5.3
February 28, 2012

Sex & Yoga (Again!): A Broad, Distorted View of Yoga History.

Yub Yam: The Cosmic Embrace of Shiva and Shakti

One of our common perceptions of science is that it’s always telling the truth. But, while science is based on observational facts, these facts are interpreted by humans. And these humans sometimes distort or wrongly interpret those very facts.

It is a fact that Tantra, and thus yoga, has historically and accurately been linked to sexual rites and practices. But it is not correct, as science writer for The New York Times William J. Broad recently claimed in an article, that yoga “began as a sex cult.” That statement is as inflamed as Mr. Broad’s own yoga-induced back injury once was.

So, what’s the distorted science behind Mr. Broad’s sweepingly broad distortion of truth and thus of yogic history? His logic goes something like this: we know that Tantra has something to do with sex. We also know that all Tantric yogis have vaginas and penises. Therefore, all Tantric yoga was originally about sex and all yoga started out as a sex cult. That’s not science, Mr. Broad. Rather that’s a very broad distortion of science.

Here’s Mr. Broad’s actual quote:“Yoga teachers and how-to books seldom mention that the discipline began as a sex cult — an omission that leaves many practitioners open to libidinal surprise.”  Take note, fellow yogis, you have unwittingly become part of an ancient sex cult! The New York Times said so; it must be true!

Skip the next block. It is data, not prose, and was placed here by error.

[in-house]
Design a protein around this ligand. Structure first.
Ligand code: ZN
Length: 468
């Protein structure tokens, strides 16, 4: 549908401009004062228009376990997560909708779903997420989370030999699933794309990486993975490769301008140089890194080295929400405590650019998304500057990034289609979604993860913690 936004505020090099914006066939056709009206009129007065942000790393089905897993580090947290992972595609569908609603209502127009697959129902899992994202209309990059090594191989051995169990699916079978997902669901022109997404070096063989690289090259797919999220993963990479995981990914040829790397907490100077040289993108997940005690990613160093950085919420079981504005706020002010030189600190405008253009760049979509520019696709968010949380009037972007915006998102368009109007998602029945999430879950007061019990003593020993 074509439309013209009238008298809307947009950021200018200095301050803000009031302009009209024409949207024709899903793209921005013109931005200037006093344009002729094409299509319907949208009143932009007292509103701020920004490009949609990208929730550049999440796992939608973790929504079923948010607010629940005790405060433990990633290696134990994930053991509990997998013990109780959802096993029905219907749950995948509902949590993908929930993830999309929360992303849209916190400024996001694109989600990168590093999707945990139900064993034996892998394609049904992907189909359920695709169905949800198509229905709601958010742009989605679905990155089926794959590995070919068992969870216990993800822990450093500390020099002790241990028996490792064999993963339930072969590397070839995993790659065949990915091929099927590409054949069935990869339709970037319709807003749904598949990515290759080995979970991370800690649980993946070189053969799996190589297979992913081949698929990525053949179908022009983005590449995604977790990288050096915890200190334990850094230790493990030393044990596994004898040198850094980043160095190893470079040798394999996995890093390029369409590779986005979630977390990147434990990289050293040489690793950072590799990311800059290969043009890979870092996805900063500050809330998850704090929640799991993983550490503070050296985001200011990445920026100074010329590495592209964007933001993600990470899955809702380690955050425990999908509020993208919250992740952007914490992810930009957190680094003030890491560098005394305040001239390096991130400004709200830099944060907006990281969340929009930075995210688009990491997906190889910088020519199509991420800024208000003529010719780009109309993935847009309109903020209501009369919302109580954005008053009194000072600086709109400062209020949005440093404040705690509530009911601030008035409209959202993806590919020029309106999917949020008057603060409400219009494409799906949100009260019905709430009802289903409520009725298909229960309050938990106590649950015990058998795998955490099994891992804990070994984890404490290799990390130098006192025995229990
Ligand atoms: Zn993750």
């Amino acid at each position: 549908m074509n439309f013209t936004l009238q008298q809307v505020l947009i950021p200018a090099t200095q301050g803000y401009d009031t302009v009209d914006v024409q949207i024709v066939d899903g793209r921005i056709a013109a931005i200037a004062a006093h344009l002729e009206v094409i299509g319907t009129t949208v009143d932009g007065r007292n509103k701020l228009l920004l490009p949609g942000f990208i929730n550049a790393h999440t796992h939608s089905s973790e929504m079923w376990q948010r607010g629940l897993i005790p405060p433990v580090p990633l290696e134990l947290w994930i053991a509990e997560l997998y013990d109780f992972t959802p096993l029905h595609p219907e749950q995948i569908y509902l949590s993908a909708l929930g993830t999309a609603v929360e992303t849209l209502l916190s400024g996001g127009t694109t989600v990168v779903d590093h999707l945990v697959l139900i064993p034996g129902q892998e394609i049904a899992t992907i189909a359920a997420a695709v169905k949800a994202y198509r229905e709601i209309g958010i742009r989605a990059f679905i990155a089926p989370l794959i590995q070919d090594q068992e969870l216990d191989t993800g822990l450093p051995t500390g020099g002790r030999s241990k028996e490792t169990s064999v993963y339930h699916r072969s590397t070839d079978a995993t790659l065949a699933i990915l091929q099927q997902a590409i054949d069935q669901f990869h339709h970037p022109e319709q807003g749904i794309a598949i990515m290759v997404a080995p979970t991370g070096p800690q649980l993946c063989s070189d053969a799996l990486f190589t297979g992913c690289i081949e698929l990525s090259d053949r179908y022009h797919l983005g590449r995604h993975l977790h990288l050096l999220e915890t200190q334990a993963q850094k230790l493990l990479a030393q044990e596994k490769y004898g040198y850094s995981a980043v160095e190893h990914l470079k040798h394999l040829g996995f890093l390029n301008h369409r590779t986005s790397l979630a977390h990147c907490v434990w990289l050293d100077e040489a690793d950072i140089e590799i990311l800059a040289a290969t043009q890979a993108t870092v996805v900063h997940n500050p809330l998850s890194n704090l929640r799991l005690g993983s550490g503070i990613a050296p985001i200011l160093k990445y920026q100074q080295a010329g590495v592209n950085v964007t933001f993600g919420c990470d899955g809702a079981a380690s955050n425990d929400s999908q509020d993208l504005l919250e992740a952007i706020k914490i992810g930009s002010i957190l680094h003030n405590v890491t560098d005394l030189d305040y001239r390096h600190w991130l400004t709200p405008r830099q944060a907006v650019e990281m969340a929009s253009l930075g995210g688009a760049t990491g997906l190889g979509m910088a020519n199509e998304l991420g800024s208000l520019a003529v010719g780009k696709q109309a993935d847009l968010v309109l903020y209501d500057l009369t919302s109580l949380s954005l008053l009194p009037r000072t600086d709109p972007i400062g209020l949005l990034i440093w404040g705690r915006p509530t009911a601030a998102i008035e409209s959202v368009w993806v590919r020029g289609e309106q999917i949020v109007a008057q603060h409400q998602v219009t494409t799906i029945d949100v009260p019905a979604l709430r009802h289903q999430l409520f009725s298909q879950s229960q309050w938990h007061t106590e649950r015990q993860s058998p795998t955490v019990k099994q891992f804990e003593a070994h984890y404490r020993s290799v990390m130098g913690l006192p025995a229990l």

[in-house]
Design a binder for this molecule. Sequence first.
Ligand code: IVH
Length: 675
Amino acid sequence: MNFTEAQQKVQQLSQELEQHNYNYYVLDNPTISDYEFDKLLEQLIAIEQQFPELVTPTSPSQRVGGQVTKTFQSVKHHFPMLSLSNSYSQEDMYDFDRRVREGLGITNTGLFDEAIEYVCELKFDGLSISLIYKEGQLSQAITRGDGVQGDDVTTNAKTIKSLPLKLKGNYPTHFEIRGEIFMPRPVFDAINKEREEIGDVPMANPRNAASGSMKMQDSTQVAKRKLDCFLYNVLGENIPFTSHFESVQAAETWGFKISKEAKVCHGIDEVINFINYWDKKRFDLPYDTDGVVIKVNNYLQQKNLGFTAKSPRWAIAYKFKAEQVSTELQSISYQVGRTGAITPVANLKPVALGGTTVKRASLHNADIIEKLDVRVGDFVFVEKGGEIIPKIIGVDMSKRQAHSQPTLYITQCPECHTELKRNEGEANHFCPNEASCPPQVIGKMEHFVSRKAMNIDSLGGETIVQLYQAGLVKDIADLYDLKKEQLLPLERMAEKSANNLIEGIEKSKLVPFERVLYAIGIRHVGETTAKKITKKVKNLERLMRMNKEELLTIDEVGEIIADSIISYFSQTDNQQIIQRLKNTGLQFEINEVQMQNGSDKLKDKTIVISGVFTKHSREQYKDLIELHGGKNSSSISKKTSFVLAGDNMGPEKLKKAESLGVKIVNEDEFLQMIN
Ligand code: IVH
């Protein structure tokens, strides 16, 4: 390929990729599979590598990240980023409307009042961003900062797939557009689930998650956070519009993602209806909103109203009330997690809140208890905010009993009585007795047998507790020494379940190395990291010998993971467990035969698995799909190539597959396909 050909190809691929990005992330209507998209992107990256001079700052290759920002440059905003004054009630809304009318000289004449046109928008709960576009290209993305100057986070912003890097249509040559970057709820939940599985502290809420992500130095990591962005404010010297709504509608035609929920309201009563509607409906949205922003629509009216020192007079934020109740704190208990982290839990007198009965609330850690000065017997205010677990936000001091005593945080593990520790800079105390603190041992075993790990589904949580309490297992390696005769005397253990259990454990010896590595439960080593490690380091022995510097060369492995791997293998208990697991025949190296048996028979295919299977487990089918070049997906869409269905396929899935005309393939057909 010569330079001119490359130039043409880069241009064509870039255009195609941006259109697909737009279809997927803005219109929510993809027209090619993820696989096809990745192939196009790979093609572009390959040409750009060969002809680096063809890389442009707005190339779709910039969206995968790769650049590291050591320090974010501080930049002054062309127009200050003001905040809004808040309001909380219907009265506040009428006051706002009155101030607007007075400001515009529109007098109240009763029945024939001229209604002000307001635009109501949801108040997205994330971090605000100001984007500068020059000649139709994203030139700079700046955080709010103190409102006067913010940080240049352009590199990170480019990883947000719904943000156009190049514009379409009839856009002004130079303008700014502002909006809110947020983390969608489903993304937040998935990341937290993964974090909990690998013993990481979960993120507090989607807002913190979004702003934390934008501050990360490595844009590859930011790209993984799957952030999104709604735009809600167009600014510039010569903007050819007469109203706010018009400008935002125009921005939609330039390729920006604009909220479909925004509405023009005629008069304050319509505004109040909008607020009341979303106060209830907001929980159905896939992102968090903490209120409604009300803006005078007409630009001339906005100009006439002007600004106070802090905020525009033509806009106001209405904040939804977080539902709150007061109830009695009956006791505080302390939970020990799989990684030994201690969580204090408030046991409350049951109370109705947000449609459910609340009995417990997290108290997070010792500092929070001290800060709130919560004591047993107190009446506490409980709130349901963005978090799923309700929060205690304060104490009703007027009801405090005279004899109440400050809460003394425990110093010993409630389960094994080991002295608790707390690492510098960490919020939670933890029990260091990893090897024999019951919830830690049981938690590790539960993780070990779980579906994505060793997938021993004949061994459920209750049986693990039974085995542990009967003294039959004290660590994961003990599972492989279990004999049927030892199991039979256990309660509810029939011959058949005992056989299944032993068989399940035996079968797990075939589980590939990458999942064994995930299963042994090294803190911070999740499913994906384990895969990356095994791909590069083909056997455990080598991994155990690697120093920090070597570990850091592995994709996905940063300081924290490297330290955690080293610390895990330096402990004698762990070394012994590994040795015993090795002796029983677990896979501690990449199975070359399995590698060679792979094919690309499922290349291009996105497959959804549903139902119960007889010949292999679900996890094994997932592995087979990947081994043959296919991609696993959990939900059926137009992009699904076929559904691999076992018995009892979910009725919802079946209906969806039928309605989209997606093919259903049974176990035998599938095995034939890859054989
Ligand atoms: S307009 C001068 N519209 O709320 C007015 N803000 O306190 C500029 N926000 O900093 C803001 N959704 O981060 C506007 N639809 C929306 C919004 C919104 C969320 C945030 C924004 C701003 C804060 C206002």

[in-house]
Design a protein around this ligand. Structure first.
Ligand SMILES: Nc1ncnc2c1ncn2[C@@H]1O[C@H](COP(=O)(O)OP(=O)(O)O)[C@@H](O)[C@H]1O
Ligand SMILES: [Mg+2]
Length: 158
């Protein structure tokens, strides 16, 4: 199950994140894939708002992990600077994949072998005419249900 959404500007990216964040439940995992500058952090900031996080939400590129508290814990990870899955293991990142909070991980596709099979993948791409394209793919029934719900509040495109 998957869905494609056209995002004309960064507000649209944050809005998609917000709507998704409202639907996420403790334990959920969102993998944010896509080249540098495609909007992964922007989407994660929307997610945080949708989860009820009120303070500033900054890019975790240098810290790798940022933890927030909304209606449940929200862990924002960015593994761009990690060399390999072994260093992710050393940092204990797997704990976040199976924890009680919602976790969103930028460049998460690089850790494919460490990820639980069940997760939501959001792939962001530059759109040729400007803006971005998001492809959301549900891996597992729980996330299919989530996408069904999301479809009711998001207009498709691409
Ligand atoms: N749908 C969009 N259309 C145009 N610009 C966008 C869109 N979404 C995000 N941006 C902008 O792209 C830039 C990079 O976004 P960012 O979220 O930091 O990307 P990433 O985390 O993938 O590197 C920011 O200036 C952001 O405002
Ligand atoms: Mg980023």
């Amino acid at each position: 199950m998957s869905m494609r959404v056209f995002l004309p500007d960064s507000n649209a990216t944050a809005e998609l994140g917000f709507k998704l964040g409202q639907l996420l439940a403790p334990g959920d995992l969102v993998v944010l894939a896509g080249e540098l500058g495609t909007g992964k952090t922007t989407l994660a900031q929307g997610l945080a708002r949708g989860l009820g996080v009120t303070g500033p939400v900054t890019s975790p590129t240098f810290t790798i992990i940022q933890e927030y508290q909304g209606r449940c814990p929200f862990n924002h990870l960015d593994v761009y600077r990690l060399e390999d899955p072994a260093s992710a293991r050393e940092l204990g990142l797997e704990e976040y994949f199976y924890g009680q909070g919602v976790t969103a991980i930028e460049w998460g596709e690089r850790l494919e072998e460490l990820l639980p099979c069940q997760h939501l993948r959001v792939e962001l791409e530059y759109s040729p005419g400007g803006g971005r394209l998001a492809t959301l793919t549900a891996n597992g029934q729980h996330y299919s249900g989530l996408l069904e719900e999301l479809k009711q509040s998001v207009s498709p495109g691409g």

And here’s the part of the article which uses the wildly distorted logic to spread his half-truths:

“Hatha yoga—the parent of the styles now practiced around the globe—began as a branch of Tantra. In medieval India, Tantra devotees sought to fuse the male and female aspects of the cosmos into a blissful state of consciousness. The rites of Tantric cults, while often steeped in symbolism, could also include group and individual sex. One text advised devotees to revere the female sex organ and enjoy vigorous intercourse. Candidates for worship included actresses and prostitutes, as well as the sisters of practitioners.”